The real nitty gritty of the story i.e. fighting a real enemy, doesn’t really take place till say the last third of the book, focusing instead on the men’s training, friendships, and banter, but all combining to form the prefect built up to the conclusion. The contrast between the humour and sometimes madness of army life, and the grim realities that inevitably arise from time to time is well portrayed as the story progresses.
I would say that the best military based adventure books are written by those with some personal experience of military life, but that isn’t to say such experience guarantees an enjoyable reading experience. Quite often the writer’s personal experience is injected into their writing too literally, often resulting in a book that comes across as part fiction, part memoir, and with way too much emphasis on military accuracy at the expense entertaining the reader. Thankfully Sean Connelly hasn’t fallen in that trap; yes his own experience shines through in the writing, and the military detail is spot on (for the most part) but he’s also injected a certain degree of poetic licence into his writing to make for a more entertaining story, creating larger than life characters but who aren’t so far removed from reality that they force the reader to suspend disbelief; for military purists there might well be some areas where it could be argued that the poetic licence has been taken a tad too far, i.e. the notion of a bunch of green teenage royal artillery recruits getting the better of highly trained and experienced infantry men is a little hard to believe for anyone whose actually served, as well as their being propelled at such an early stage of their careers into such a troop, but for the average non-military or civvie reader I imagine it wouldn’t be an issue.
Normally this would be an easy five stars for the humour and thumping good story telling value whilst still remaining credible but there were a few typos and grammatical issues i.e. the odd missing word here and there, which tells me the final draft would have benefitted from another round or two of editing and proof reading. Nonetheless it still gets a five star rating, just not quite a resounding one. If you’re looking for the sort of high octane adrenalin fuelled action of an Andy McNab novel or the cold brutal reality of a Ken Wharton book then this probably isn’t it, but if you enjoy British Army themed escapist story telling that captures at least some of the feel and flavour of military life as it was for most of us then you really can’t do much better than this.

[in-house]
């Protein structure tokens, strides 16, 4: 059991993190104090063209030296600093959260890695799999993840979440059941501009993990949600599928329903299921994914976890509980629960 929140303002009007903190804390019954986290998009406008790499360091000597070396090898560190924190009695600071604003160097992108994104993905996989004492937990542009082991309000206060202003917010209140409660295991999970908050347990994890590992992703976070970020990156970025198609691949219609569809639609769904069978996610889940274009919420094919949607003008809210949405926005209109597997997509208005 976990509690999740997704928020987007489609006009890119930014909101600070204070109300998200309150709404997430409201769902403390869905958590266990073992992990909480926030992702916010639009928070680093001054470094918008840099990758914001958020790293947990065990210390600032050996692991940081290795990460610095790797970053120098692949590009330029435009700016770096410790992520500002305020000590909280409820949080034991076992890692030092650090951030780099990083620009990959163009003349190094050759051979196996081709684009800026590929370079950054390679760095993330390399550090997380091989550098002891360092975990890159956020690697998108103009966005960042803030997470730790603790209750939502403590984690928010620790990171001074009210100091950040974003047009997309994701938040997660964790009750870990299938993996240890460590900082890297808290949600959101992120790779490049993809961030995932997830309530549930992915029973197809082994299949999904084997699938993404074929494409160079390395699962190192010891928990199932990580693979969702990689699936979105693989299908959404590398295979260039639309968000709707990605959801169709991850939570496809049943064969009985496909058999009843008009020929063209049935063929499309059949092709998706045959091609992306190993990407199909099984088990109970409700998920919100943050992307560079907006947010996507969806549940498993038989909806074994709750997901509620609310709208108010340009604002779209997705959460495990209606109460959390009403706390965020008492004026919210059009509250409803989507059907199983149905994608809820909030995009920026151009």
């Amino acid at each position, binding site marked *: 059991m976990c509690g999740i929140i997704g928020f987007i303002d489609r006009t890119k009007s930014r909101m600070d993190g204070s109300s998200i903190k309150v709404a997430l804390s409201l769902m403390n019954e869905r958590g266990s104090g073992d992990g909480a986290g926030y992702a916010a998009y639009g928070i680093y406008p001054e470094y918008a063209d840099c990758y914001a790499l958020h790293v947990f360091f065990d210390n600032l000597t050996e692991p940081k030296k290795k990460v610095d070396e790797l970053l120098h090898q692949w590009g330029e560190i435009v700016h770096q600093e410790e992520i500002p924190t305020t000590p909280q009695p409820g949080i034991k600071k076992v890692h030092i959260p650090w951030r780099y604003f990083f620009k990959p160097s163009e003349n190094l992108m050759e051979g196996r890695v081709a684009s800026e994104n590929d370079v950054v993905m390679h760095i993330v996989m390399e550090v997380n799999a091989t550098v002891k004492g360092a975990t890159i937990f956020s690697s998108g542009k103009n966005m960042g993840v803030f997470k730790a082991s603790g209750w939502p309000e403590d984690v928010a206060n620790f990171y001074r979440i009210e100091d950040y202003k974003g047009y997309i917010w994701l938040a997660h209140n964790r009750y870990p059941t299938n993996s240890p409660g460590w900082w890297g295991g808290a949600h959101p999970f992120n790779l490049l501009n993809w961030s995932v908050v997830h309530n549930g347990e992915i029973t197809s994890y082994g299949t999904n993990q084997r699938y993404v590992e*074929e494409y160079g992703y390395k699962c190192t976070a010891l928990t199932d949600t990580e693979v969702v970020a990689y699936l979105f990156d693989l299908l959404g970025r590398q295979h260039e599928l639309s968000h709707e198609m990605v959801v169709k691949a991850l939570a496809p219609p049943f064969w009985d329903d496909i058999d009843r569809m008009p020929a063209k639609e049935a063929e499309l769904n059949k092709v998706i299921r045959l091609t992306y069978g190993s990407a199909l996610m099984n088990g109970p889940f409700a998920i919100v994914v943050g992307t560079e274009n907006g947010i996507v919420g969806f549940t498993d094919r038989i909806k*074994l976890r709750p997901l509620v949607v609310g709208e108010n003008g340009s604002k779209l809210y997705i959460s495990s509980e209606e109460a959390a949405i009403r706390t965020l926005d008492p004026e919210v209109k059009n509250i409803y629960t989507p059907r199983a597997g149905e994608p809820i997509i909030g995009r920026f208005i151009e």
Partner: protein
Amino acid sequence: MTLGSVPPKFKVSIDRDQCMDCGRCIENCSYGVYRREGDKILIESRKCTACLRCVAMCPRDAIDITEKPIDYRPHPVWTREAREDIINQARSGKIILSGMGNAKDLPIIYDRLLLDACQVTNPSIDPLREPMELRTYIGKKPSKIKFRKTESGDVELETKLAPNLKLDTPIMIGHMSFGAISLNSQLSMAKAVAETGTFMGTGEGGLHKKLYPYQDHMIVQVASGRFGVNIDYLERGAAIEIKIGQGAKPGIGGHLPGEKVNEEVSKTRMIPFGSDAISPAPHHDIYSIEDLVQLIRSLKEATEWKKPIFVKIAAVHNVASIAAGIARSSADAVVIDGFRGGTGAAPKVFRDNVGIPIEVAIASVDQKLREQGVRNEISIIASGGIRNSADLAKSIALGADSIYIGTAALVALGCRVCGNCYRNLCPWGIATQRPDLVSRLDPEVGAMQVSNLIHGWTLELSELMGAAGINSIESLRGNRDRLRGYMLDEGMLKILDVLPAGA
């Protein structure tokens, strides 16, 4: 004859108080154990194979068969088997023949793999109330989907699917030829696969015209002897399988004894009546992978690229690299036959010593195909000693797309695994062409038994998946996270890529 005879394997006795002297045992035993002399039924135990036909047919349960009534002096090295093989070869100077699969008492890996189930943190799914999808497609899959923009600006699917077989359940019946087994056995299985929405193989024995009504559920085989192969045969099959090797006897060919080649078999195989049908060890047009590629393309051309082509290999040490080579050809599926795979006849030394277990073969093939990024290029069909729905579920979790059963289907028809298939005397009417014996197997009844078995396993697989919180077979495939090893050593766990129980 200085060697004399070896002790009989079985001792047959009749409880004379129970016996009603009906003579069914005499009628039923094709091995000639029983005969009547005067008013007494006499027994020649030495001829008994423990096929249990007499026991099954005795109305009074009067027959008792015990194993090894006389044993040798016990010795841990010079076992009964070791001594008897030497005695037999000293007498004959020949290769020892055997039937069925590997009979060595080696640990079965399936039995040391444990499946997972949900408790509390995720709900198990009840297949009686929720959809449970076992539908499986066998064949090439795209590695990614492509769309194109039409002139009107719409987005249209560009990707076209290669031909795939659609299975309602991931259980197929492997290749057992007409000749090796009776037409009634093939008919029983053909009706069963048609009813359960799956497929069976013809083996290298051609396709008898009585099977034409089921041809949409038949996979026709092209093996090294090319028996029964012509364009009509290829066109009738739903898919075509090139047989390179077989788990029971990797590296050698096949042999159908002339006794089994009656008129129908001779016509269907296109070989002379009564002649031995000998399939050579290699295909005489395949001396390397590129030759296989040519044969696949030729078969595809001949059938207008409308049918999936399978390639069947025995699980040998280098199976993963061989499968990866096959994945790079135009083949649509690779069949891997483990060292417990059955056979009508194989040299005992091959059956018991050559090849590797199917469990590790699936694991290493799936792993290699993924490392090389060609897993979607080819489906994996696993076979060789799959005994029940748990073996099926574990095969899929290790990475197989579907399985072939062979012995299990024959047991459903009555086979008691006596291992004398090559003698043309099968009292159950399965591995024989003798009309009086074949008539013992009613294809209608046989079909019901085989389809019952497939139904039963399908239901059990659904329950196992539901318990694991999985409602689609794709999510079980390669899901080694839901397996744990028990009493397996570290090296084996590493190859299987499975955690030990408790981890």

Further books by Sean Connelly: Click on Thumbnails for Amazon links…
I’ve had this book on my kindle for quite some time now, but what with one thing and another I only recently got round to actually reading it. I really shouldn’t have left it so long as it turned out to be a truly beautiful and enjoyable read. Lucinda E. Clarke’s writing is another discovery via Fb and other social media, along with some wonderful reviews and recommendations from fellow writers and bloggers. As well as Amie: An African Adventure, Lucinda E. Clarke has written three more books, links to which are provided following my review. But first, a little about the author herself…
Born in Dublin, dragged up in the Cotswolds, matured and finished off in Liverpool. Her family were not wildly enthusiastic about following her grandfather into Fleet Street (unfeminine, unreliable and dangerous), so she was packed off to dockland Liverpool to get teaching qualifications (safe, respectable and pensionable).
Lucinda returned south extremely good at self-defence. She married and went crofting in Scotland, a disaster so she says, and bred dogs among other things, less of a disaster. She moved to Kenya with her 3 week old daughter, was abandoned in the bush, then on to Libya, surviving riots, public hangings, an imprisoned husband and eventual deportation. She moved to Botswana – still teaching – and opened and ran a horse riding school with a ‘How to…’ book in hand.
She immigrated to South Africa and taught for four years, but since 1984, she wrote freelance full time, for major corporations, UNESCO, UNICEF and the SABC for both radio and television. Moving into television production in 1986, she has received over 20 awards, specializing in the fields of education, documentaries, municipal and government.